Man who stole Stradivarius violin sentenced to seven years in prison
Court documents say Salahadyn used a taser to stun Concertmaster Frank Almond as he walked to his vehicle in a parking lot at Wisconsin Lutheran College. Almond told investigators he was hit in the chest and wrist by the taser. Witnesses say they heard Almond scream, \"They got the violin\" as Salahadyn drove off.
Almond spoke to the court Monday, citing the physical and emotional trauma of the ordeal. He also said he couldn't believe how Salahadyn conducted himself after he had been caught.
\"The utter lack of remorse or any acceptance of responsibility by Mr. Salahadyn,\" Almond said. \"This was ultimately a vicious and totally unprovoked attack that could have easily resulted in a permanent, career-ending injury or worse.\"
Salahadyn also spoke to the court, admitted he made a mistake but saying he did it to try and support his family.
\"I made a decision and I knew it was wrong,\" Salahadyn said in court. \"I felt the ends would be justified. They weren't. \"One day after the robbery, police found the violin's case near 44th and Garfield Ave. At the time of the robbery the case contained the Stradivarius Lipinski violin, two 19th century bows valued at $20,000 and $30,000, an iPad, and cell phone.
A confidential informant identified as W.D. approached an off-duty Milwaukee police officer saying, \"I know where the violin is at.\" W.D. told police he was getting his hair cut by Allah as the other men talked about the violin theft stories they saw on the news. W.D. says after getting his hair cut Allah asked for a ride home. The complaint says as W.D. gave Allah a ride home, Allah told him a person named \"Salah\" stole the violin.
According to the criminal complaint, Allah told W.D. that Salahadyn researched the violin, and conducted the robbery using a taser he purchased. The complaint says another confidential source told police Salahadyn said stealing the Stradivarius violin is his dream theft, because of the potential value.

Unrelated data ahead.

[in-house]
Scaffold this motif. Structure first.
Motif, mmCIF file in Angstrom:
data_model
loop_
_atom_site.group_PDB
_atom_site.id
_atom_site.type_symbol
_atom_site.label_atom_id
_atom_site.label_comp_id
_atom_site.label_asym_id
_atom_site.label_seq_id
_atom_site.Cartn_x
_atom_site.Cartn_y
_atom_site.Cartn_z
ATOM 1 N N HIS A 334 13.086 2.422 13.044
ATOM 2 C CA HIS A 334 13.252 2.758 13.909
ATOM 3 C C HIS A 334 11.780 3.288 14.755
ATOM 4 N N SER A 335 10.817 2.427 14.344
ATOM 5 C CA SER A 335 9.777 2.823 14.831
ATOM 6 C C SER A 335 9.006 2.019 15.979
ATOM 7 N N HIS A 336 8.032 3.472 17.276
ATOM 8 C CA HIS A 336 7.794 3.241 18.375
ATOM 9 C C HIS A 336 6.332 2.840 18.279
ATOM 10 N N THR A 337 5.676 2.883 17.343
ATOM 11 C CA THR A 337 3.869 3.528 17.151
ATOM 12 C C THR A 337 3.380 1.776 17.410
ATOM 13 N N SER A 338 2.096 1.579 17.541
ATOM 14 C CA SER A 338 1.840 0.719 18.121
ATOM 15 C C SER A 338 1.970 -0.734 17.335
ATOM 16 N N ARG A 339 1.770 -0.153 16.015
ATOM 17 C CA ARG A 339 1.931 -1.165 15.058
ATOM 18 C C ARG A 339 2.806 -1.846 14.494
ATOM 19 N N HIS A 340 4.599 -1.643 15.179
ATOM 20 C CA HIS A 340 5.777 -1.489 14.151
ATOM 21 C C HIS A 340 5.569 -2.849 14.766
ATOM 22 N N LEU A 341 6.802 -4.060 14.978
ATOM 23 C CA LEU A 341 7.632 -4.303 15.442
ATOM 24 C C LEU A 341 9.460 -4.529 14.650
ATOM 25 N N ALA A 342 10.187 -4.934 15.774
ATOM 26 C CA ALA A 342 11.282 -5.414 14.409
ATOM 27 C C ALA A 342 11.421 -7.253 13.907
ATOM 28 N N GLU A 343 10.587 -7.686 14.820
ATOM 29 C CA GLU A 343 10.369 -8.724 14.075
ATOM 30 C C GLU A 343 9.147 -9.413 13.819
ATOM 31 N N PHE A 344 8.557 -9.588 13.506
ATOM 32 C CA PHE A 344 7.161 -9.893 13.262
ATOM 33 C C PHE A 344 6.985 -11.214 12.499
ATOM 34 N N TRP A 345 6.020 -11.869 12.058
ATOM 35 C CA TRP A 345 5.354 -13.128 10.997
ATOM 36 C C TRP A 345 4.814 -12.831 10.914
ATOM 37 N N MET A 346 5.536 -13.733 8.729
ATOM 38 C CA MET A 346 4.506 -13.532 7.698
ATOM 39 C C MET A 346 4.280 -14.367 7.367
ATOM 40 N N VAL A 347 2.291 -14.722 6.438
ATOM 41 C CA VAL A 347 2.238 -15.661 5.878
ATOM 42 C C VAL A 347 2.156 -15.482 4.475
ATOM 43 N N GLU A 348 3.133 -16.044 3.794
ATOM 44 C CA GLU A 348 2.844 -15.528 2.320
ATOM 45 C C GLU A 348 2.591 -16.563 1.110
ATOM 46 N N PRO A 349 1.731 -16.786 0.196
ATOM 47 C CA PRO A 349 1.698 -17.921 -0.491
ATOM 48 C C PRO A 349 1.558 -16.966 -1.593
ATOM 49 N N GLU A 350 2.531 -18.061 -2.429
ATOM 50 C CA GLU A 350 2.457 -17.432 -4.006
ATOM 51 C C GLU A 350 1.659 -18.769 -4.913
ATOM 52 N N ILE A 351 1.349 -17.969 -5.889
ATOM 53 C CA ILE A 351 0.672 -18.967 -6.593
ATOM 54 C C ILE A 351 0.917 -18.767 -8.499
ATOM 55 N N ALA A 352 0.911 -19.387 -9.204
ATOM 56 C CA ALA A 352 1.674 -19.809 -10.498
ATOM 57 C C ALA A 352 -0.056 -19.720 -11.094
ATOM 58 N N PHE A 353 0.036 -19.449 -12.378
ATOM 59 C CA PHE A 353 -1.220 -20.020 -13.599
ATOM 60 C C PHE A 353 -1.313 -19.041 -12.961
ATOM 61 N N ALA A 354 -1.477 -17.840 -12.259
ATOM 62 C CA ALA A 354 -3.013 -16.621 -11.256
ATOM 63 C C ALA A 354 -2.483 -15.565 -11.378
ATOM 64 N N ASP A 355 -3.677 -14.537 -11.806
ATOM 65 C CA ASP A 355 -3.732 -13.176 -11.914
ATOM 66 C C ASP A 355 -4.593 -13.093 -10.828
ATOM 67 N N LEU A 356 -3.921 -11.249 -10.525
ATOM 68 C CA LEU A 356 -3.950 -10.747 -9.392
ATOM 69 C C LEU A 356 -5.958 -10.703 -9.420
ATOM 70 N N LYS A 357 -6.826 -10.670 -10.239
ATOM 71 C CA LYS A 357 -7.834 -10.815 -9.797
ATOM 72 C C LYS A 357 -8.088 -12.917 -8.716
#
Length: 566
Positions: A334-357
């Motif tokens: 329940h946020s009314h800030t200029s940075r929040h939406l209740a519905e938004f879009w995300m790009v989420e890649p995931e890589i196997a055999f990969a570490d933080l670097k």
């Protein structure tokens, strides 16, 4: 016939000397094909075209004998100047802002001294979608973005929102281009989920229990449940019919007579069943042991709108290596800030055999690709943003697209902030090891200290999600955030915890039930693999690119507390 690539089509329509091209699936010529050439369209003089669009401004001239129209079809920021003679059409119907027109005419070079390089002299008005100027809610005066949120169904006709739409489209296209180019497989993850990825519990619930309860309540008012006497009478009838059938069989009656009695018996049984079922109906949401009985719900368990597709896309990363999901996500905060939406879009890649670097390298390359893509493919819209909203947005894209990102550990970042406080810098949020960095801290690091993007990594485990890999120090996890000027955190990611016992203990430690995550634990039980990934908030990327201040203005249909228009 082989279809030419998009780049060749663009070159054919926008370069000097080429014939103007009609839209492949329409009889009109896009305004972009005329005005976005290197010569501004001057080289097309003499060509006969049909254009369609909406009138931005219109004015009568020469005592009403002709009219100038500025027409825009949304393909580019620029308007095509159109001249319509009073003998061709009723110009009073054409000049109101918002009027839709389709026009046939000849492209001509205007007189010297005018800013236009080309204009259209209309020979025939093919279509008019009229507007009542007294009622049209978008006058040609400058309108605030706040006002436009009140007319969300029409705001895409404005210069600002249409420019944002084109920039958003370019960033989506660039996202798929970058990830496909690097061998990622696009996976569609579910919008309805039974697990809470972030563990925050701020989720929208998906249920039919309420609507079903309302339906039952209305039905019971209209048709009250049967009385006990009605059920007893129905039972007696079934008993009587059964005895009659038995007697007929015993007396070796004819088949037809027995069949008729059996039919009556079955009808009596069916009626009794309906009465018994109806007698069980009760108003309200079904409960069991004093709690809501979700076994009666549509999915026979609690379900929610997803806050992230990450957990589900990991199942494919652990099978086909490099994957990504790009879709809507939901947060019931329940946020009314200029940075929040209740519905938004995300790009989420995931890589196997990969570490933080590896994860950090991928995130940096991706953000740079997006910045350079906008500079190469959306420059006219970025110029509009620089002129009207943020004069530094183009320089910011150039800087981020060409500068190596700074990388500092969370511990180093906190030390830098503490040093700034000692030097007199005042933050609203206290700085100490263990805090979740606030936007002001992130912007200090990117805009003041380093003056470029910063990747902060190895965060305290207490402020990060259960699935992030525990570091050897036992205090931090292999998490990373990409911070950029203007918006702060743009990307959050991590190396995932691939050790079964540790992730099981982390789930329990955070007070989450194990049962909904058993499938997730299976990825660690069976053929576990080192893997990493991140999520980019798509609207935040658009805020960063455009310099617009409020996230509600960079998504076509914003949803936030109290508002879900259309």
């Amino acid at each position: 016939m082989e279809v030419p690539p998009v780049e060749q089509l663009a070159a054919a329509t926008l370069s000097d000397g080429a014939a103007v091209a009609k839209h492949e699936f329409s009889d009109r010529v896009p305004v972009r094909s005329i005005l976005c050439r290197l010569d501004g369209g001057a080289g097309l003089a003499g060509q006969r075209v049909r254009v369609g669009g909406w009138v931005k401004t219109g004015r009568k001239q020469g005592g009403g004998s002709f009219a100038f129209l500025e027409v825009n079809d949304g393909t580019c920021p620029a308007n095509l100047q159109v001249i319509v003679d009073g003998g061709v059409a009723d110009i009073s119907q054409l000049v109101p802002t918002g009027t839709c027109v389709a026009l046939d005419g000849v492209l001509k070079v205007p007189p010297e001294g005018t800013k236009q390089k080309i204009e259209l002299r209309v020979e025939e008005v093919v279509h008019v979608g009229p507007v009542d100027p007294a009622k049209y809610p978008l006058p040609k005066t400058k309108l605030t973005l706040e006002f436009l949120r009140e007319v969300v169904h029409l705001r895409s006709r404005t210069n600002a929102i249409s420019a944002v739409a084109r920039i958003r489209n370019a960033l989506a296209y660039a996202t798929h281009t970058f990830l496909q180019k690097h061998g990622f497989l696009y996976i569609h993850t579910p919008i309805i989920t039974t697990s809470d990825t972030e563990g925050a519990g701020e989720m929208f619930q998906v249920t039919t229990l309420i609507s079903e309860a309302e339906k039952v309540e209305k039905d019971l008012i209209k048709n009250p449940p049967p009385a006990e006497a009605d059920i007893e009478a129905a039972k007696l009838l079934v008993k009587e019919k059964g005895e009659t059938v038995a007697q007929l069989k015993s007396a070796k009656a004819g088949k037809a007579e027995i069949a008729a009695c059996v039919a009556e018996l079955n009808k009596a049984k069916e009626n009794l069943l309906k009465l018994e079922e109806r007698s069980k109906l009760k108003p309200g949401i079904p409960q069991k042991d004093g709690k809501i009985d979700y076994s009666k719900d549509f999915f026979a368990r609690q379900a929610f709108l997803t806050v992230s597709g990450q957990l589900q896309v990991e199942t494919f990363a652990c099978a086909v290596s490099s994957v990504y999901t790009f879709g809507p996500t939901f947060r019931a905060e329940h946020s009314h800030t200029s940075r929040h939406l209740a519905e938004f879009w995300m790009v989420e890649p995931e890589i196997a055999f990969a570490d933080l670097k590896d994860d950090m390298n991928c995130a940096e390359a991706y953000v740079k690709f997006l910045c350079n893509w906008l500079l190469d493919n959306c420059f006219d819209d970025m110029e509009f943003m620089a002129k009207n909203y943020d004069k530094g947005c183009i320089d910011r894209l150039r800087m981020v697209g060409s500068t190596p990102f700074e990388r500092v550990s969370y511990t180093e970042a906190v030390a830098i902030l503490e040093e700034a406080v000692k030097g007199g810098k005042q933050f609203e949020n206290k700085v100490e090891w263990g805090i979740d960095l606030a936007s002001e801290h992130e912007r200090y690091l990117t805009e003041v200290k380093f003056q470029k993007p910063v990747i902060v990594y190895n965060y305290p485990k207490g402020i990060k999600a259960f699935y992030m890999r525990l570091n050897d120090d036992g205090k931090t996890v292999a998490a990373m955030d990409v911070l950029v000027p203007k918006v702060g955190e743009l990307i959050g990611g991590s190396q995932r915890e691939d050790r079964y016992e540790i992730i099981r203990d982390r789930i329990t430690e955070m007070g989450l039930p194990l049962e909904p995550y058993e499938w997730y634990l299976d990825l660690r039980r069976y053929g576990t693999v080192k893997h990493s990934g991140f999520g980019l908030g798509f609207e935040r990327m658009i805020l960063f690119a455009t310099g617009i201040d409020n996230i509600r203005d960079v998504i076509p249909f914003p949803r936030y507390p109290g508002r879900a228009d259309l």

The criminal complaint says police were able to track down Allah using confetti-like paper left by the taser at the scene of the robbery. The small paper left behind by the taser contained identifying serial numbers. Investigators found the company that sold the taser used in this robbery, and used company records to see that Allah purchased the weapon in 2013. Allah later told investigators Salahadyn gave him the money to purchase the weapon during the summer of 2013. Police say Allah made the purchase for Salahadyn, because Salahadyn could not legally purchase weapons.
Court documents say Allah held on to the taser until days before the robbery. Police say Allah got a call from Salahadyn saying he needed the taser. Once Allah allegedly delivered the taser to Salahadyn, he didn't hear from Salahadyn until after the robbery.
Police arrested both Salahadyn and Allah on February 3rd. Following his arrest Salahadyn allegedly told police where they could find the stolen violin. Police found the violin inside a suitcase in the attic of a house on the 400 block of E. Smith St.
Allah caught an additional charge of possession with intent to deliver controlled substance. While executing a search warrant at Allah's residence they found 45.15 grams of marijuana. In the criminal complaint, Allah told police he purchased the marijuana days before his arrest. He allegedly confessed to having plans to sell the marijuana for $325. Allah allegedly told police he sells small amounts of marijuana as needed to help pay rent and bills.
Allah was sentenced to three and a half years in prison, but is out on extended supervision.